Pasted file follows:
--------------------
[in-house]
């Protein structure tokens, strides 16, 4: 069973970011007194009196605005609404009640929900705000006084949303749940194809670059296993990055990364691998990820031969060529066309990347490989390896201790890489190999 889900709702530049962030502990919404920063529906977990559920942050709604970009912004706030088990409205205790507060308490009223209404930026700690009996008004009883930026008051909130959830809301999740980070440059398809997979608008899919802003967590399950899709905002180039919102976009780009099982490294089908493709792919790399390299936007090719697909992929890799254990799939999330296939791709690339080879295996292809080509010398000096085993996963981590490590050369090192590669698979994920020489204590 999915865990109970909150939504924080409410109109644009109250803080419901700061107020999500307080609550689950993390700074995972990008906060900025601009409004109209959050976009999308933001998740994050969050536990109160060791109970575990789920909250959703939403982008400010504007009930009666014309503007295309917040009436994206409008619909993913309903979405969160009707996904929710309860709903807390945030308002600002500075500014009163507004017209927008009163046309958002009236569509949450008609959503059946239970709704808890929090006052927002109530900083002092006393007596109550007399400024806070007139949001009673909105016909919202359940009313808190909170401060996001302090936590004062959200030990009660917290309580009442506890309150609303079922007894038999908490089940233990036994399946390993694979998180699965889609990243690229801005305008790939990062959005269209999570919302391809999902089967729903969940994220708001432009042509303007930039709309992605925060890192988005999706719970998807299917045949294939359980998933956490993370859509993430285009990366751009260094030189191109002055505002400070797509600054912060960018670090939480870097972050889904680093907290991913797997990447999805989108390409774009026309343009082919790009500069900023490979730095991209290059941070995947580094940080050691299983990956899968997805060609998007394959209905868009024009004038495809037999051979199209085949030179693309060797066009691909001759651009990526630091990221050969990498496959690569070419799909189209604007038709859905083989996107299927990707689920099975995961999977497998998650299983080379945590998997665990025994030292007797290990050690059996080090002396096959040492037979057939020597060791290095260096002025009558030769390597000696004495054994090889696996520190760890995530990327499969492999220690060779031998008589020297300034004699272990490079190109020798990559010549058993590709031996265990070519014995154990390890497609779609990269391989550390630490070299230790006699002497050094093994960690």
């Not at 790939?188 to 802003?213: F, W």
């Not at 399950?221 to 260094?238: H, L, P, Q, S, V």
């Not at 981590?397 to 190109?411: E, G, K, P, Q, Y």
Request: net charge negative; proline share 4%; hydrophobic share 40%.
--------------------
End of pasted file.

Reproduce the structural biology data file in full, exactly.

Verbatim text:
[in-house]
């Protein structure tokens, strides 16, 4: 069973970011007194009196605005609404009640929900705000006084949303749940194809670059296993990055990364691998990820031969060529066309990347490989390896201790890489190999 889900709702530049962030502990919404920063529906977990559920942050709604970009912004706030088990409205205790507060308490009223209404930026700690009996008004009883930026008051909130959830809301999740980070440059398809997979608008899919802003967590399950899709905002180039919102976009780009099982490294089908493709792919790399390299936007090719697909992929890799254990799939999330296939791709690339080879295996292809080509010398000096085993996963981590490590050369090192590669698979994920020489204590 999915865990109970909150939504924080409410109109644009109250803080419901700061107020999500307080609550689950993390700074995972990008906060900025601009409004109209959050976009999308933001998740994050969050536990109160060791109970575990789920909250959703939403982008400010504007009930009666014309503007295309917040009436994206409008619909993913309903979405969160009707996904929710309860709903807390945030308002600002500075500014009163507004017209927008009163046309958002009236569509949450008609959503059946239970709704808890929090006052927002109530900083002092006393007596109550007399400024806070007139949001009673909105016909919202359940009313808190909170401060996001302090936590004062959200030990009660917290309580009442506890309150609303079922007894038999908490089940233990036994399946390993694979998180699965889609990243690229801005305008790939990062959005269209999570919302391809999902089967729903969940994220708001432009042509303007930039709309992605925060890192988005999706719970998807299917045949294939359980998933956490993370859509993430285009990366751009260094030189191109002055505002400070797509600054912060960018670090939480870097972050889904680093907290991913797997990447999805989108390409774009026309343009082919790009500069900023490979730095991209290059941070995947580094940080050691299983990956899968997805060609998007394959209905868009024009004038495809037999051979199209085949030179693309060797066009691909001759651009990526630091990221050969990498496959690569070419799909189209604007038709859905083989996107299927990707689920099975995961999977497998998650299983080379945590998997665990025994030292007797290990050690059996080090002396096959040492037979057939020597060791290095260096002025009558030769390597000696004495054994090889696996520190760890995530990327499969492999220690060779031998008589020297300034004699272990490079190109020798990559010549058993590709031996265990070519014995154990390890497609779609990269391989550390630490070299230790006699002497050094093994960690």
């Not at 790939?188 to 802003?213: F, W």
């Not at 399950?221 to 260094?238: H, L, P, Q, S, V």
């Not at 981590?397 to 190109?411: E, G, K, P, Q, Y």
Request: net charge negative; proline share 4%; hydrophobic share 40%.